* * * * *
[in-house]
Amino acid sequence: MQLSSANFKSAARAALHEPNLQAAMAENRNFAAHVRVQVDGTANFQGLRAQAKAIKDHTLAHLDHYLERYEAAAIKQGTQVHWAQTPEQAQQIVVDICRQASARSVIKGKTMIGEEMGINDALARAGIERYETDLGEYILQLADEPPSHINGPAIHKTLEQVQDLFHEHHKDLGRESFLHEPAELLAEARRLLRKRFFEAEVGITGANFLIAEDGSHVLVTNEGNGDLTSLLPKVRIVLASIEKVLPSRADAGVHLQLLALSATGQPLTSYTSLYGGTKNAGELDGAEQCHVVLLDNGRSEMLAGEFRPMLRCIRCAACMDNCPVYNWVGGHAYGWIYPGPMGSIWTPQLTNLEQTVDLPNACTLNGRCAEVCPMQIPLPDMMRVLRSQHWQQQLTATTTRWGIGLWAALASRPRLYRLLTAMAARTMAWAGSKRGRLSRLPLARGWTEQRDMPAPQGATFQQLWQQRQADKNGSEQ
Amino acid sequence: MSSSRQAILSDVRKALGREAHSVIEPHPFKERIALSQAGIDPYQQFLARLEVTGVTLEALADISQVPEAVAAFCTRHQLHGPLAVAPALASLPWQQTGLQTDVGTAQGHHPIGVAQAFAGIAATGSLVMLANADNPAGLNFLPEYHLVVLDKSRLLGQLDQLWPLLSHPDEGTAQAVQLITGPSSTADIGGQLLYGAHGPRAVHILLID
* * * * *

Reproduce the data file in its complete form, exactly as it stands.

[in-house]
Amino acid sequence: MQLSSANFKSAARAALHEPNLQAAMAENRNFAAHVRVQVDGTANFQGLRAQAKAIKDHTLAHLDHYLERYEAAAIKQGTQVHWAQTPEQAQQIVVDICRQASARSVIKGKTMIGEEMGINDALARAGIERYETDLGEYILQLADEPPSHINGPAIHKTLEQVQDLFHEHHKDLGRESFLHEPAELLAEARRLLRKRFFEAEVGITGANFLIAEDGSHVLVTNEGNGDLTSLLPKVRIVLASIEKVLPSRADAGVHLQLLALSATGQPLTSYTSLYGGTKNAGELDGAEQCHVVLLDNGRSEMLAGEFRPMLRCIRCAACMDNCPVYNWVGGHAYGWIYPGPMGSIWTPQLTNLEQTVDLPNACTLNGRCAEVCPMQIPLPDMMRVLRSQHWQQQLTATTTRWGIGLWAALASRPRLYRLLTAMAARTMAWAGSKRGRLSRLPLARGWTEQRDMPAPQGATFQQLWQQRQADKNGSEQ
Amino acid sequence: MSSSRQAILSDVRKALGREAHSVIEPHPFKERIALSQAGIDPYQQFLARLEVTGVTLEALADISQVPEAVAAFCTRHQLHGPLAVAPALASLPWQQTGLQTDVGTAQGHHPIGVAQAFAGIAATGSLVMLANADNPAGLNFLPEYHLVVLDKSRLLGQLDQLWPLLSHPDEGTAQAVQLITGPSSTADIGGQLLYGAHGPRAVHILLID